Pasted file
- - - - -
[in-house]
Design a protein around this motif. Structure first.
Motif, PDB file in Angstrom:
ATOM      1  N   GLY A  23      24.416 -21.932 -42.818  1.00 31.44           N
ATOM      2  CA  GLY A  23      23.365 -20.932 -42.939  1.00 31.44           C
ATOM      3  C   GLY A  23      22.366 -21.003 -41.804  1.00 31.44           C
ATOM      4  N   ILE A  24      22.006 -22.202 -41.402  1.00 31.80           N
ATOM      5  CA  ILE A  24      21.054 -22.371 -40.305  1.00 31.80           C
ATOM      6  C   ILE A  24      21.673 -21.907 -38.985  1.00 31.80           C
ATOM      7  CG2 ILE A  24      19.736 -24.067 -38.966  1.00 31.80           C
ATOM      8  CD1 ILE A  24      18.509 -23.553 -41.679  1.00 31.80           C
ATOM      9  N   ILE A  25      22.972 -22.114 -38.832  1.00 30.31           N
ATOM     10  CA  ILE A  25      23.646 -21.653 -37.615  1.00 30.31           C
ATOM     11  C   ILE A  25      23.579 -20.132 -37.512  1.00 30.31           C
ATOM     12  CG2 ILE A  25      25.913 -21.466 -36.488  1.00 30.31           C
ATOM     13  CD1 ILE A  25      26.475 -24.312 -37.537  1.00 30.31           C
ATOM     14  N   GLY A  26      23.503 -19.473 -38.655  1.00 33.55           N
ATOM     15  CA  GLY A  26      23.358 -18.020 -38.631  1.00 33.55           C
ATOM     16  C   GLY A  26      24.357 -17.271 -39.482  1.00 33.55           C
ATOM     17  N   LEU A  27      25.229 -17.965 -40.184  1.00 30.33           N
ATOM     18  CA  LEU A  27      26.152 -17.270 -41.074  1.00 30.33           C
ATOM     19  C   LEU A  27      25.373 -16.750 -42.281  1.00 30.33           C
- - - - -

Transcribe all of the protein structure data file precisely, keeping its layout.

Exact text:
[in-house]
Design a protein around this motif. Structure first.
Motif, PDB file in Angstrom:
ATOM      1  N   GLY A  23      24.416 -21.932 -42.818  1.00 31.44           N
ATOM      2  CA  GLY A  23      23.365 -20.932 -42.939  1.00 31.44           C
ATOM      3  C   GLY A  23      22.366 -21.003 -41.804  1.00 31.44           C
ATOM      4  N   ILE A  24      22.006 -22.202 -41.402  1.00 31.80           N
ATOM      5  CA  ILE A  24      21.054 -22.371 -40.305  1.00 31.80           C
ATOM      6  C   ILE A  24      21.673 -21.907 -38.985  1.00 31.80           C
ATOM      7  CG2 ILE A  24      19.736 -24.067 -38.966  1.00 31.80           C
ATOM      8  CD1 ILE A  24      18.509 -23.553 -41.679  1.00 31.80           C
ATOM      9  N   ILE A  25      22.972 -22.114 -38.832  1.00 30.31           N
ATOM     10  CA  ILE A  25      23.646 -21.653 -37.615  1.00 30.31           C
ATOM     11  C   ILE A  25      23.579 -20.132 -37.512  1.00 30.31           C
ATOM     12  CG2 ILE A  25      25.913 -21.466 -36.488  1.00 30.31           C
ATOM     13  CD1 ILE A  25      26.475 -24.312 -37.537  1.00 30.31           C
ATOM     14  N   GLY A  26      23.503 -19.473 -38.655  1.00 33.55           N
ATOM     15  CA  GLY A  26      23.358 -18.020 -38.631  1.00 33.55           C
ATOM     16  C   GLY A  26      24.357 -17.271 -39.482  1.00 33.55           C
ATOM     17  N   LEU A  27      25.229 -17.965 -40.184  1.00 30.33           N
ATOM     18  CA  LEU A  27      26.152 -17.270 -41.074  1.00 30.33           C
ATOM     19  C   LEU A  27      25.373 -16.750 -42.281  1.00 30.33           C